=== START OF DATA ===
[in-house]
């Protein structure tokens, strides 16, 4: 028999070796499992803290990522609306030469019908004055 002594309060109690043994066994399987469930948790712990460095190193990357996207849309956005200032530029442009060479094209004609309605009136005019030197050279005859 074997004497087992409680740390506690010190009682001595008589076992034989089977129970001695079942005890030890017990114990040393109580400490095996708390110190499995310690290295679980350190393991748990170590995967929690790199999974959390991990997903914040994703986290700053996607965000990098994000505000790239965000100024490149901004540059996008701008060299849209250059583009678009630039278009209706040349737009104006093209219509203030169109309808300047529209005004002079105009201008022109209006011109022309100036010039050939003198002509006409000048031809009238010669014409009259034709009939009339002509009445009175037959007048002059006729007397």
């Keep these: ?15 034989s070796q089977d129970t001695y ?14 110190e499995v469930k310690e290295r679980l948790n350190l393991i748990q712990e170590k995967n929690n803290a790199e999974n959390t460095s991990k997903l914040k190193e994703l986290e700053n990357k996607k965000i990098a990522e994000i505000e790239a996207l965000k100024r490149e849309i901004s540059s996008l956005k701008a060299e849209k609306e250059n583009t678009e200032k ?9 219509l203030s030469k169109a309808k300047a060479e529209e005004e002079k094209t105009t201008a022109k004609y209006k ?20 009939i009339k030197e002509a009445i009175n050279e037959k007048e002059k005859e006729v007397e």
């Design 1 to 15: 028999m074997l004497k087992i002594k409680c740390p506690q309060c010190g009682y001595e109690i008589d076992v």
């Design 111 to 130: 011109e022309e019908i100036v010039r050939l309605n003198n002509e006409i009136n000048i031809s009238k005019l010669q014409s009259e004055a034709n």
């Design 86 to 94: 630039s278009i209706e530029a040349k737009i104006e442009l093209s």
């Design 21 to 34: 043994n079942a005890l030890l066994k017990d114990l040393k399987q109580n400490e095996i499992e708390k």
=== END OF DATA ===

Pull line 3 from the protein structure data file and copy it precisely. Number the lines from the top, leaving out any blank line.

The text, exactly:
């Keep these: ?15 034989s070796q089977d129970t001695y ?14 110190e499995v469930k310690e290295r679980l948790n350190l393991i748990q712990e170590k995967n929690n803290a790199e999974n959390t460095s991990k997903l914040k190193e994703l986290e700053n990357k996607k965000i990098a990522e994000i505000e790239a996207l965000k100024r490149e849309i901004s540059s996008l956005k701008a060299e849209k609306e250059n583009t678009e200032k ?9 219509l203030s030469k169109a309808k300047a060479e529209e005004e002079k094209t105009t201008a022109k004609y209006k ?20 009939i009339k030197e002509a009445i009175n050279e037959k007048e002059k005859e006729v007397e």